The ability of inmates in the United States to visit with loved ones is often severely limited by correctional officials, and the courts have been reluctant to intervene. Recently, those officials have begun to replace in-person visitation with video visitation. This Note argues that such a transition will be harmful for inmates, correctional institutions, and the communities many of them eventually return to. It also suggests possible jurisprudential, legislative, and regulatory interventions to curtail the replacement of in-person visitation.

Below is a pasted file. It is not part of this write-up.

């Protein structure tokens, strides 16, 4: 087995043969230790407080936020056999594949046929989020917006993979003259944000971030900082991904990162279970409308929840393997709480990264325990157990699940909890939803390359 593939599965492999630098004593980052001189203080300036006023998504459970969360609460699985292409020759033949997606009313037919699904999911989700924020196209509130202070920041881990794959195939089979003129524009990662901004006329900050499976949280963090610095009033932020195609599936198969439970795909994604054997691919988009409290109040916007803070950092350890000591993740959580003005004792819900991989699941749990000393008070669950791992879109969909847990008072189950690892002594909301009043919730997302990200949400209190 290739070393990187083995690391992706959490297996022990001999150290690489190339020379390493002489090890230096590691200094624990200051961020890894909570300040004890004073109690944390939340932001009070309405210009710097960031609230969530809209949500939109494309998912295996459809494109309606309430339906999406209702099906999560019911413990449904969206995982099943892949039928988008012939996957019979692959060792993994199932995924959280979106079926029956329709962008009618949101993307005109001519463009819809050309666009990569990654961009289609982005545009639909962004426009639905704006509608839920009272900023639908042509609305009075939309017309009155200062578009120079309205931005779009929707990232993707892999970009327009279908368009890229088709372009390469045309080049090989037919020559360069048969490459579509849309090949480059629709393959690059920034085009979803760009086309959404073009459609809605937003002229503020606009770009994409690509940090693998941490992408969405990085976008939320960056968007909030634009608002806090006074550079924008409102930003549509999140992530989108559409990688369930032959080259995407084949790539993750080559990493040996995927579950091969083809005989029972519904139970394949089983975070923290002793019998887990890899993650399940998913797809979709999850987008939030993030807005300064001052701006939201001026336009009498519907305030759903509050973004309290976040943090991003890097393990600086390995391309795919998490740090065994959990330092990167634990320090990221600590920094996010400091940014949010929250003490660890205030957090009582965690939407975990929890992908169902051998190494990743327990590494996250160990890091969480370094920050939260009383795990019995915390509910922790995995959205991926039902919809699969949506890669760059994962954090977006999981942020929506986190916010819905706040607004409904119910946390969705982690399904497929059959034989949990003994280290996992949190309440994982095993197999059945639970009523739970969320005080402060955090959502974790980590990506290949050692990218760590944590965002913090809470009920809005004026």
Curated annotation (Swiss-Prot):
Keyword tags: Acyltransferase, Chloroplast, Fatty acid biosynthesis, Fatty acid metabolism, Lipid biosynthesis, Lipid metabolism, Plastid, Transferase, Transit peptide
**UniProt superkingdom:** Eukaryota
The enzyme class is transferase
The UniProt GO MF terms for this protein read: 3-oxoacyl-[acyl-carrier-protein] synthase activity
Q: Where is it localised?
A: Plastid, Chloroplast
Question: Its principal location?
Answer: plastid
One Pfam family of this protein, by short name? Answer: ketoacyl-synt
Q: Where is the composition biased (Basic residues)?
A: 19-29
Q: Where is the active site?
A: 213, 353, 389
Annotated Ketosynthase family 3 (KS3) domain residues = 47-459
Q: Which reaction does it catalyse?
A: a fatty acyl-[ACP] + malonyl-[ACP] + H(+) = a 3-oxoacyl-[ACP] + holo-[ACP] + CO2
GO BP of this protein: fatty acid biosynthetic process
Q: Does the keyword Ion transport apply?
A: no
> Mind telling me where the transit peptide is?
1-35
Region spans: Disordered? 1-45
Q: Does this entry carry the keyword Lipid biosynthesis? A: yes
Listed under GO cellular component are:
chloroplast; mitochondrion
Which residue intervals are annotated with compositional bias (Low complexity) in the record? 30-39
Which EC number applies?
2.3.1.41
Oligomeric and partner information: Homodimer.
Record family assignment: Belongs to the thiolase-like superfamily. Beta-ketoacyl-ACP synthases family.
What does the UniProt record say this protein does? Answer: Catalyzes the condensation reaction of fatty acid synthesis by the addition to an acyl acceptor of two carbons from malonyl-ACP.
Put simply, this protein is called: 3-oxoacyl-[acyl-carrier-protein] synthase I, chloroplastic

Civil Rights and Discrimination
Law Enforcement and Corrections
- Journal title
Boston College Law Review
- Date submitted
6 September 2022